PANDIYĀT-E JAVĀNMARDI, title of a Nezāri Ismaʿili book originally written in Persian and containing the sermons of Mostanṣer Be’llāh (d. 885/1480), the thirty-second imam of the (Qāsemšāhi) Nezāri Ismaʿilis.  These sermons or religious admonitions (pandiyāt) to the true believers (moʾmens) seeking exemplary standards of ethical behavior and spiritual chivalry (javānmardi) were evidently compiled and written down by an anonymous Nezāri author during the imamate of Mostanṣer Be’llāh’s son and successor, ʿAbd-al-Salām Šāh (Pandiyāt, text pp. 47, 56) or perhaps even later, during the imamate of the latter’s successor, Ḡarib Mirzā (d. 904/1498; see Virani, pp. 121-26, arguing that the Pandiyāt may actually contain the sermons of Ḡarib Mirzā, who also carried the honorific title of Mostanṣer Be’llāh). 

The Nezāri Ismaʿilis of South Asia, known locally as Ḵojās, have preserved shorter Sendhi, Gojarāti, and Hendustāni (see URDU) versions of this work, often written in the Ḵojki script developed within the Ḵojā community of South Asia.  The Nezāri Ḵojās maintain that the Pandiyāt was sent by the imam of the time to the Indian subcontinent for their religious guidance.  It is also possible that this book was later sent to other Nezāri communities, especially to Central Asia, in order to reinforce their allegiance to the Qāsemšāhi line of the Nezāri Ismaʿili imams as distinct from the Moḥammadšāhi (or Moʾmeni) line.  Manuscript copies of the Persian text of the Pandiyāt, edited and published for the first time in 1953 by Wladimir Ivanow in the Ismaili Society’s series of publications, are still preserved in the private collections of the Nezāri Ismaʿilis of Badaḵšān (now divided between Tajikistan and Afghanistan) and of adjoining regions, Hunza and other northern parts of Pakistan, as well as the Sinkiang (Xinjiang) region of western China (Bertels and Bakoev, pp. 36-37). 

The Pandiyāt-e javānmardi represents one of the first doctrinal works produced during the early Anjodān period in post-Alamut Nezāri history, when the Persian Nezāris developed close relations with Sufism without adhering to any of the Sufi orders (ṭariqa) then developing in Persia and Central Asia.  In fact, as a form of taqiya or precautionary dissimulation, the Nezāri imams and their followers adopted the guise of Sufism.  Thus, Imam Mostanṣer Be’llāh adopted the Sufi name of Šāh Qalandar, and the ordinary Nezāris appeared as his morids, as in the case of the disciples of a Sufi master.  The Pandiyāt, indeed, preserves important details on the contemporary Nezāri-Sufi relations.  In this work, the Nezāris are referred to by Sufi expressions such as the people of the truth (ahl-e ḥaqiqat; Pandiyāt, pp. 31, 57, 87, 90, 91, 99, 101), while the imam himself is designated as pir, qoṭb, and moršed (Pandiyāt, pp. 26, 27, 32, 39, 65, 86).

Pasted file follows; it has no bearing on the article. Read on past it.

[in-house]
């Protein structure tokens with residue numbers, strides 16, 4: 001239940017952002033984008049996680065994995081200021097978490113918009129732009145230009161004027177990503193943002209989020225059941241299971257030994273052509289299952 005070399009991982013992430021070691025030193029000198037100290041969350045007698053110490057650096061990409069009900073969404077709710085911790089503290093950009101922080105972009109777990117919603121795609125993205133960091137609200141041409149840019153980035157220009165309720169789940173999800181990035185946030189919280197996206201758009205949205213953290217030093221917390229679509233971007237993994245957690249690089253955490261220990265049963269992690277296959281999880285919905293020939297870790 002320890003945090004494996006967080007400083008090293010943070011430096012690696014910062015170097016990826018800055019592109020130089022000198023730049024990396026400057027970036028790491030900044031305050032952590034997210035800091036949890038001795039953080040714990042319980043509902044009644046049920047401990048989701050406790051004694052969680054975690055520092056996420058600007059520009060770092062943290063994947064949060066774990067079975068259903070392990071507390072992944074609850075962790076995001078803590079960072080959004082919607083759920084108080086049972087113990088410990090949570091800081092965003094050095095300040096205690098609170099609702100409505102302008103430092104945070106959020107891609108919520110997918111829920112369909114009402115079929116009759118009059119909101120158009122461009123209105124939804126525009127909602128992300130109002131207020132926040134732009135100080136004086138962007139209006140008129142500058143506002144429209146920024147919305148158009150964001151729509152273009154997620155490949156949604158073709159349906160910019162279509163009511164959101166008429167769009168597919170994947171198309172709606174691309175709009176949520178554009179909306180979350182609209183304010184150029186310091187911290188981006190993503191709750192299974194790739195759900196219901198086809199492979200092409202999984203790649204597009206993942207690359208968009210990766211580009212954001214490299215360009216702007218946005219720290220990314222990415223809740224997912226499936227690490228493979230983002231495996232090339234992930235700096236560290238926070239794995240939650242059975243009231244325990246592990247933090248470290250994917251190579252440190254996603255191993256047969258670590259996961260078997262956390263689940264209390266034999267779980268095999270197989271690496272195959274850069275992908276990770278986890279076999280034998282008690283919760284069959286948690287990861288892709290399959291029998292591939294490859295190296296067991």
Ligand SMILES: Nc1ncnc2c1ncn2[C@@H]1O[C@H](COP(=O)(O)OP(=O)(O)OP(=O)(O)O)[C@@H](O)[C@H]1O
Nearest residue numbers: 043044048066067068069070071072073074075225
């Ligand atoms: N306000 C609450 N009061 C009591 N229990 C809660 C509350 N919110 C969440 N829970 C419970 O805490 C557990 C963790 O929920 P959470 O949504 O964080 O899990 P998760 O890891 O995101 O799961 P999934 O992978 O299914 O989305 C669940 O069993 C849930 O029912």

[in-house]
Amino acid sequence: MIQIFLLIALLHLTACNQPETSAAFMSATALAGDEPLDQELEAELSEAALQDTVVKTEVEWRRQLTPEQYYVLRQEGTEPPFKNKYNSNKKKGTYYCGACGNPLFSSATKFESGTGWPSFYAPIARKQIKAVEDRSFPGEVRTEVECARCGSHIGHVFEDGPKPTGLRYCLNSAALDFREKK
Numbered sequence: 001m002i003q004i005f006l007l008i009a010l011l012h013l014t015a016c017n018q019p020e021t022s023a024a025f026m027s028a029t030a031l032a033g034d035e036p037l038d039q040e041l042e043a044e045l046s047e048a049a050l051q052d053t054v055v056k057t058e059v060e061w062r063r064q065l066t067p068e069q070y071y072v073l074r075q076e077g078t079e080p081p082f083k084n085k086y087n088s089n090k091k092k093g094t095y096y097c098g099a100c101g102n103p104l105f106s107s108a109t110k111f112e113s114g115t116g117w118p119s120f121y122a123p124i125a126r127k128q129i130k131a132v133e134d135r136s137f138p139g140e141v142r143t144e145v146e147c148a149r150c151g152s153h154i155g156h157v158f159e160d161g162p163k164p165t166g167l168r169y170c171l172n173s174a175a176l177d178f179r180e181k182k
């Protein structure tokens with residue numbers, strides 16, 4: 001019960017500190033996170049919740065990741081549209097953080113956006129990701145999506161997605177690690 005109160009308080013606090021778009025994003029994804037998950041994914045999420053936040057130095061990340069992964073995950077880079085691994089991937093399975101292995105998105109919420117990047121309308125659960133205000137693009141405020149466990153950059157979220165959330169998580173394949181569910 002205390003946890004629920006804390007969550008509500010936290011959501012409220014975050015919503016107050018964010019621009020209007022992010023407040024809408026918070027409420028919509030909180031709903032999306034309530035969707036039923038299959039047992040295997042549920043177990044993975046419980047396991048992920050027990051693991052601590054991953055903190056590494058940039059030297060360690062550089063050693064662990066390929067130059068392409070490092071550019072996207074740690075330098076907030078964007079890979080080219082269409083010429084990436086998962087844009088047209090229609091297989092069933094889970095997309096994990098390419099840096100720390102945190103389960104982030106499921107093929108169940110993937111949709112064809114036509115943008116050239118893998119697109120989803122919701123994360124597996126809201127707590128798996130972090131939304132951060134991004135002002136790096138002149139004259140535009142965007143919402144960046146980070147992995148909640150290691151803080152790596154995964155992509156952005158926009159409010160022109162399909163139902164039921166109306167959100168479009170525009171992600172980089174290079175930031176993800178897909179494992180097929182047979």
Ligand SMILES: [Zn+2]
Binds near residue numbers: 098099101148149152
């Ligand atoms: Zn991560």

Permeated with Sufi ideas and expressions, the Nezāri Imam’s admonitions in the Pandiyāt start with the šariʿat-ṭariqat-ḥaqiqat categorizations of the Sufis, portraying ḥaqiqat as the hidden spiritual dimension (bāṭen) of šariʿat, which could be attained by the faithful through the guidance of the Nezāri imam along the spiritual path (ṭariqat).  In line with the earlier Nezāri teachings of the Alamut period, after the proclamation of the qiāmat or spiritual resurrection in 559/1164 (Daftary, 2007, pp. 358-67), the Pandiyāt further explains that ḥaqiqat consists essentially of recognizing the true spiritual reality of the imam of the time (Pandiyāt, pp. 2-3).  Indeed the Pandiyāt continuously stresses the central duty of the faithful to recognize and obey the current imam (pp. 3, 11, 13, 14, 16, 21, 27, 32, 36, 41, 46-47, 53, 57-58, 87, 93, 100-102), adding that no sacrifice is too great for the sake of making the didār journey to Persia to see the imam (pp. 34-36, 54-55). 


Andreǐ E. Bertel’s and Mamadvafo Bokoev, Alfavitnyǐ katalog rukopiseĭ obnaruzennych v Gorno-Badachsanskoĭ avtonomnoĭ oblasti ekspeditsieĭ 1959-1963 gg./Alphabetic Catalogue of the Manuscripts Found by 1959–1963 Expedition in Gorno-Badakhshan Autonomous Region, ed. B. G. Gafurov and A. M. Mirzoev, Moscow, 1967.  

M. Boivin, “A Persian Treatise for the Ismāʿīlī Shīʿīs of India: Introduction to the Pandiyāt-i Jawānmardī (end of XVth C.),” in Muzaffar Alam et al., ed., The Evolution of Medieval Indian Culture: The Indo-Persian Context, New Delhi, 2000, pp. 117-28.  

Farhad Daftary, The Ismāʿīlīs: Their History and Doctrines, 2nd ed., Cambridge, 2007; tr. Faridun Badraʾi, as Tārik wa sonnathā-ye Esmāʿiliya, Tehran, 2014. 

Vladimir Ivanow, Ismaili Literature: A Bibliographical Survey, Tehran, 1963. 

Mostanṣer Be’llāh, Pandiyāt-e Javānmardi, or “Advice of Manliness,” ed. and tr. Wladimir Ivanow, Leiden, 1953.  

Azim Nanji, The Nizārī Ismāʿīlī Tradition in the Indo-Pakistan Subcontinent, New York, 1978.  

Ismail K. Poonawala, Biobibliography of Ismāʿīlī Literature, Malibu, Calif., 1977.

Shafique Virani, The Ismailis in the Middle Ages: A History of Survival, A Search for Salvation, Oxford, 2007.

(Farhad Daftary)

Originally Published: November 26, 2014

Last Updated: November 26, 2014

Cite this entry:

Farhad Daftary, "PANDIYĀT-E JAVĀNMARDI," Encyclopædia Iranica, online edition, 2014, available at (accessed on 26 November 2014).